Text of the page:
Johanna (1856 - 1931)
Surnames: PAULSON HANSON
----Sources: WEEKLY CLARION (Dorchester, Clark Co., WI) 02/20/1931
Paulson, Johanna (22 JAN 1856 - 13 FEB 1931)
Mrs. H. Paulson died Friday morning, Feb. 3, 1931, at her home in the village (Dorchester, Clark Co., Wis.) after a serious illness of a number of weeks duration. Neuritis and complications was the cause, from which she suffered terribly, but the end came sweetly and quietly and she slipped away to be with her Maker.
The funeral was held Monday afternoon, first from the house and then at the Little White Church at 2 o’clock, Rev. F.P. Walter officiating. Interment took place in the cemetery south of town (Memorial South), Herman Marquardt, John Buehrens, Joseph Pueschner Sr., Nels Laveen, Andrew and E.M. Sorenson acting as pallbearers, and Gertrude Laack, Jane Martens, Lila Walter, Elvera Laabs, Dorothy Herman, Vera Walter, Maxine Garvue and Eva Ugoretz acted as flower girls.
Johanna Hanson was born in Helsingborg, Sweden, Jan. 22, 1856 and was 75 years and 21 days at time of death. She came to the United States at the age of 24 and made her home at Waupaca, Wis.
Three years later she was united in marriage with Ole Paulson of Wausau, and went there to live, but they had only been there a short time when they moved to Stetsonville where Mr. Paulson was engaged in the lumber business. He soon transferred his interest to Dorchester and here the family has since resided. Lumbering is a past industry in this section so Mr. Paulson has been in the northern section for a number of years and is at present situated at Park Falls.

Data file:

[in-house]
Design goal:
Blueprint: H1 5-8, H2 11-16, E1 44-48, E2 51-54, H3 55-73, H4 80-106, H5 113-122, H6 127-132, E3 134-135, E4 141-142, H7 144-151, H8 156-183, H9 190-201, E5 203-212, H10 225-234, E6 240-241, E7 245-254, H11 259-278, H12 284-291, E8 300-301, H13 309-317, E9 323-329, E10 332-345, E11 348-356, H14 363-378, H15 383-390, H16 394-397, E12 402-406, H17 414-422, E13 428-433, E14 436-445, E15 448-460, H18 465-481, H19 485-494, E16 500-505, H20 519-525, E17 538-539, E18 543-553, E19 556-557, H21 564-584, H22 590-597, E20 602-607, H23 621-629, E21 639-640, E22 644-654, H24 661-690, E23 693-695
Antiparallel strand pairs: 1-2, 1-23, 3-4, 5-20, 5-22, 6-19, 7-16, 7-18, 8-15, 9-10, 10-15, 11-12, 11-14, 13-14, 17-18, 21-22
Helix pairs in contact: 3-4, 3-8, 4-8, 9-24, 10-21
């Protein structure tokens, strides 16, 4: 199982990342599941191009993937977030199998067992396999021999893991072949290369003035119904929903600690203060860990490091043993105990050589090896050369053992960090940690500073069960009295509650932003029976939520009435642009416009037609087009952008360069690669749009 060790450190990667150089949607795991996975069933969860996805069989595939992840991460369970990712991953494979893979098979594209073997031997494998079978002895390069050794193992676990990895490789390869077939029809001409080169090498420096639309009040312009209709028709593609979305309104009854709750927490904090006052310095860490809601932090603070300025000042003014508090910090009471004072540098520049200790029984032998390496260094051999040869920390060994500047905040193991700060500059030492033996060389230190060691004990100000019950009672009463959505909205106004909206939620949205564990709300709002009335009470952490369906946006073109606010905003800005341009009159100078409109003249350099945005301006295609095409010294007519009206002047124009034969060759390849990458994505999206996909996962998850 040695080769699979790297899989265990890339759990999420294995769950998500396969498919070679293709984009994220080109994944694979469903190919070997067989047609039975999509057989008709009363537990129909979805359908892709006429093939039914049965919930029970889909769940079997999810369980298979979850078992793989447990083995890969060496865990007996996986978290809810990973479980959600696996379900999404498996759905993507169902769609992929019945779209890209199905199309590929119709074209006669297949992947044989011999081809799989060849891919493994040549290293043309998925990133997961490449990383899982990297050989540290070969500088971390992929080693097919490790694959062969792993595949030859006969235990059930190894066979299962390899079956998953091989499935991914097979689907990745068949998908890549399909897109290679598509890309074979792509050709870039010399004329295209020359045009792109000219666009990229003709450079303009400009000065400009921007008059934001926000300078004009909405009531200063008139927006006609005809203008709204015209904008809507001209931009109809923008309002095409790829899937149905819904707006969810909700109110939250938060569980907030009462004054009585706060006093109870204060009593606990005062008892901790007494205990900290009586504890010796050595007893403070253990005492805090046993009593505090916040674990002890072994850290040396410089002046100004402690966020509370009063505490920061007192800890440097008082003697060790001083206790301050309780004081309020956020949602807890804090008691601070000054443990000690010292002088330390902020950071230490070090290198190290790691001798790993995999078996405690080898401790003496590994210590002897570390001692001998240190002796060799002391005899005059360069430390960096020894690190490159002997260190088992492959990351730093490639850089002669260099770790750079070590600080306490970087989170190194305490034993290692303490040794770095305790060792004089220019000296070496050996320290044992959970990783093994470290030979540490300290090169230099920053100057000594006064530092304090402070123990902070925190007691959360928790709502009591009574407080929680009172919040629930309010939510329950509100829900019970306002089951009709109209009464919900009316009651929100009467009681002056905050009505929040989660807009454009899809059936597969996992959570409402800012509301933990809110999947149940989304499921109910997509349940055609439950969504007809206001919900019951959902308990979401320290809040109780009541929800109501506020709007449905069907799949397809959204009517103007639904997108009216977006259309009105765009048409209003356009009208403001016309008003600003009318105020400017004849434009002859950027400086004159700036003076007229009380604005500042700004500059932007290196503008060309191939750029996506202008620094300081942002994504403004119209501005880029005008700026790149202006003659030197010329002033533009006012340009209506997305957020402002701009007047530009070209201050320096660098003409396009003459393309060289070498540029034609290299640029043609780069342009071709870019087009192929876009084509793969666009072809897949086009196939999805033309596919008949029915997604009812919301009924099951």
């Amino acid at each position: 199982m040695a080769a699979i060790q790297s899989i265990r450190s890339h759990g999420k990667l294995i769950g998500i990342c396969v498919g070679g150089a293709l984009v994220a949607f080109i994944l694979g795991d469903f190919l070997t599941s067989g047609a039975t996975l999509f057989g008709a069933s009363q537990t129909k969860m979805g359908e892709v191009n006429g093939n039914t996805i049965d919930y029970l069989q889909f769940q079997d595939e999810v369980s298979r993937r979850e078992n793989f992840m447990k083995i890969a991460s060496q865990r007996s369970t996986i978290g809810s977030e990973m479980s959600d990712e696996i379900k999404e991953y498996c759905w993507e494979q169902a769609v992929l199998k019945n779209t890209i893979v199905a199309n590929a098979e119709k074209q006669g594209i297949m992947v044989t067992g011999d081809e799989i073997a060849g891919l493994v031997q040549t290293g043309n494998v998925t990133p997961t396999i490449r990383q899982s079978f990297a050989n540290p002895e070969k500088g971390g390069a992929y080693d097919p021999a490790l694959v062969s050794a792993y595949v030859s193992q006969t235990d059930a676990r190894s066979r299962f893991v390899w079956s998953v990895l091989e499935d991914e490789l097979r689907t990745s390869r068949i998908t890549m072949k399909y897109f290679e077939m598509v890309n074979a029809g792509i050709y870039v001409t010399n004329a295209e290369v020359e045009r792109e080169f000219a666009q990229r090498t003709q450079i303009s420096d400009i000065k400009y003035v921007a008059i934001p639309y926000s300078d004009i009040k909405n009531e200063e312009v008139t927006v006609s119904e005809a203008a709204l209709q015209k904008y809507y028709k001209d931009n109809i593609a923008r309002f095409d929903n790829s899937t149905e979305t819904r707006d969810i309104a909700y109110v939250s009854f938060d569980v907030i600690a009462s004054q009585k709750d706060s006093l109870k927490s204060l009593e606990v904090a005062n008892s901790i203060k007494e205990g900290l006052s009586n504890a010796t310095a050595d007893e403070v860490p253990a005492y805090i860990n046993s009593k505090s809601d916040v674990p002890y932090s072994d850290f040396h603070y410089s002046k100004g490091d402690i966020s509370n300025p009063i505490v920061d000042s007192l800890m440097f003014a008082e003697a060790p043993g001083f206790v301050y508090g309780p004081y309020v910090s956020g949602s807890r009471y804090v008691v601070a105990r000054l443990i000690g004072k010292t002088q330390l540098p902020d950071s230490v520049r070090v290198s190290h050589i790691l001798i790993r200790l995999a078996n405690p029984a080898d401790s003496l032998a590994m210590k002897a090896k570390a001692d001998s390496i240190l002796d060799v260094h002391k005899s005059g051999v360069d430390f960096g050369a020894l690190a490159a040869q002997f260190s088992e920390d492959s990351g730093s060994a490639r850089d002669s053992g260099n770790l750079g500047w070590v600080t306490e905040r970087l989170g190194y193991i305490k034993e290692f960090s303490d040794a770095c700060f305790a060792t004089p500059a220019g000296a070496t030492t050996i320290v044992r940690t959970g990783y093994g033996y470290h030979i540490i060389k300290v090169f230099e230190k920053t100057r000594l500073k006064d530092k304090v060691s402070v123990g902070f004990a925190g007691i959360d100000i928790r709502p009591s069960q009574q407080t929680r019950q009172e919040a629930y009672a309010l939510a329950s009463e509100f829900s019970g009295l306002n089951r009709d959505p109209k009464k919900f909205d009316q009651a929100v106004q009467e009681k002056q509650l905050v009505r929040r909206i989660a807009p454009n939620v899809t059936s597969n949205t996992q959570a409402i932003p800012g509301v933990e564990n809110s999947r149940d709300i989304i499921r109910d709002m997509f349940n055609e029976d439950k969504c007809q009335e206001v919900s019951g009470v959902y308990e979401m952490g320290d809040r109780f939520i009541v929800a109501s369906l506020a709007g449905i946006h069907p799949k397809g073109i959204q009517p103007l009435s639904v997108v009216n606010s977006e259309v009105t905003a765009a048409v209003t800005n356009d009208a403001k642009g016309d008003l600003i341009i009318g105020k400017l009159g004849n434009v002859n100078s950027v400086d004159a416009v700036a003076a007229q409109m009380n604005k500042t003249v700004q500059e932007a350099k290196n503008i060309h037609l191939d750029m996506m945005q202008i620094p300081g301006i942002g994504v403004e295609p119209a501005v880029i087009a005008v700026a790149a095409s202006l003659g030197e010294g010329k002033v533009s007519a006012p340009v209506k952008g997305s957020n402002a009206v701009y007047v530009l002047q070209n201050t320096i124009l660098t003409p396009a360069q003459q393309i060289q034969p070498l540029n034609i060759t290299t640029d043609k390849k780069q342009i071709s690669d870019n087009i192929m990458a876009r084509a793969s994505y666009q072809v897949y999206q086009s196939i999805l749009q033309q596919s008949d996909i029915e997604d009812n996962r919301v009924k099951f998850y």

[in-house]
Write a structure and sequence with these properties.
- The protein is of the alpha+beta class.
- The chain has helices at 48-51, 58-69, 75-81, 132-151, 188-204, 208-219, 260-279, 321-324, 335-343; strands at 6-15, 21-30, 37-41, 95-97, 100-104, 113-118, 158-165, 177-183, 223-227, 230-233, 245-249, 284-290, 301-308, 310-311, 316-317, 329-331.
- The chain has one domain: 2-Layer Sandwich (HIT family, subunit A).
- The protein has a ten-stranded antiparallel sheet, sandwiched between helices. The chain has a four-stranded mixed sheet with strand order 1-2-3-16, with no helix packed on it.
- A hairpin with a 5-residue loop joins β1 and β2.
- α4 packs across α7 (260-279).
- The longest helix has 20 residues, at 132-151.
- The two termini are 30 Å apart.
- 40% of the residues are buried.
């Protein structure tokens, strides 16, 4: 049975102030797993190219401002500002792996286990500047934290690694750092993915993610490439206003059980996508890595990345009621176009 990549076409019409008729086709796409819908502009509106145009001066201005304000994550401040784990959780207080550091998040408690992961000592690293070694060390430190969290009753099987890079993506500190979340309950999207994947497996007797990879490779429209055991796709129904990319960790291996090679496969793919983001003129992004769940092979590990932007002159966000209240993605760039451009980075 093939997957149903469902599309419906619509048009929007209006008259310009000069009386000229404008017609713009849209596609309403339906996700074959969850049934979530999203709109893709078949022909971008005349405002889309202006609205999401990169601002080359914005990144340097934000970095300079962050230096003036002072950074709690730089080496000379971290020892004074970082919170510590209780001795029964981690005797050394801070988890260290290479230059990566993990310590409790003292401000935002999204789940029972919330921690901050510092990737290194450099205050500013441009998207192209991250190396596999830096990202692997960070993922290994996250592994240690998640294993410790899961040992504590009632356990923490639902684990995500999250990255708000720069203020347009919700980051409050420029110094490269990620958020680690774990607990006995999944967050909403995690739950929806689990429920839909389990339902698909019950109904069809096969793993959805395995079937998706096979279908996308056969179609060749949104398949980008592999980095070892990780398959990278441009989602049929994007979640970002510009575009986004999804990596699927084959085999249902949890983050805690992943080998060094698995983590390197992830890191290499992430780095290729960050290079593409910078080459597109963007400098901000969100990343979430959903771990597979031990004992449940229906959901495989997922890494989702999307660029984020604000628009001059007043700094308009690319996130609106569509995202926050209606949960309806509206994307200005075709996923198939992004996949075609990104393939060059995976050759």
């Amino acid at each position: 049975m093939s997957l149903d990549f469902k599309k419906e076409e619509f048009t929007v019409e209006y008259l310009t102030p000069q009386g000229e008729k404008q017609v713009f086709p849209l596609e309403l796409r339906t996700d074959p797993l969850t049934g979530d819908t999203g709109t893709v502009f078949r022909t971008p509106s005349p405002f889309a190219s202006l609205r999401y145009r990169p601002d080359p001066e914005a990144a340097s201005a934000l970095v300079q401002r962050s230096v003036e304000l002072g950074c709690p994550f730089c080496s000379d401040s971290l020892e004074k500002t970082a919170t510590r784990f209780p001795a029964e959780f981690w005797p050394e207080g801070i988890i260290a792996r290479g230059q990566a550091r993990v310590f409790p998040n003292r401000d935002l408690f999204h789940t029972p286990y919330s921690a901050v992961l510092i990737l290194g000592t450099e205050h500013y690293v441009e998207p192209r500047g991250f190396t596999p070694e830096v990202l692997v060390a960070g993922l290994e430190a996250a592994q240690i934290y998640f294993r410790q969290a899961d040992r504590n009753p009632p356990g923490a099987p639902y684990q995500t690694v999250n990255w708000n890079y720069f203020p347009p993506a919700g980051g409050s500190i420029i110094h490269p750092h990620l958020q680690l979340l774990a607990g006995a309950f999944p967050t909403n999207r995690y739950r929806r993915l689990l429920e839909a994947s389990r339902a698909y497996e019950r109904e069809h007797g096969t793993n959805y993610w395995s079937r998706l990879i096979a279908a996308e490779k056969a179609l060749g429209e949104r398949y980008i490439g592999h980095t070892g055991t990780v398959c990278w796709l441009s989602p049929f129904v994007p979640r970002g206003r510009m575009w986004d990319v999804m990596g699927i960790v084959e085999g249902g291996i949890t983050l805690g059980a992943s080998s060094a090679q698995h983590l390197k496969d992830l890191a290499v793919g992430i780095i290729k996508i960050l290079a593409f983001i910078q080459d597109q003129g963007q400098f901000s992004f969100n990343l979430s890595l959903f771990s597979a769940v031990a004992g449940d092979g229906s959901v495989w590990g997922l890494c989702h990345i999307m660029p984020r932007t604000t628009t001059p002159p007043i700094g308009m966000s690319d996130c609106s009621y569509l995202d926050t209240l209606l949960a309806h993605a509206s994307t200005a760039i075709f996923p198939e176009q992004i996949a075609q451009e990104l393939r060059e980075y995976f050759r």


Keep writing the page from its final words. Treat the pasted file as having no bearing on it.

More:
Seven children, five sons and two daughters, were born to them. Three sons have preceded her in death, one in infancy, Frank in 1921 and Ansel in 1927, and the living children are Gutch, Olga, Edna and Edgar, all home except Olga, who is a High School instructor at Park Falls. Besides her children, Mrs. Paulson leaves seven grandchildren and one great grandchild to mourn her loss.
Not only will they miss her, for we shall all miss her sorely. Always present at church, when she was well enough, at the Ladies Aid and also taking a vital interest in the public school and the P.T.A. meetings, though she was quiet and said little, she helped in every way she could and we shall miss this kindly, quiet lady everywhere. Our hearts, too, will mourn the host of other friends and relatives.
May God’s richest blessing be poured out on her loved ones and comfort, such as only He can give, be theirs.
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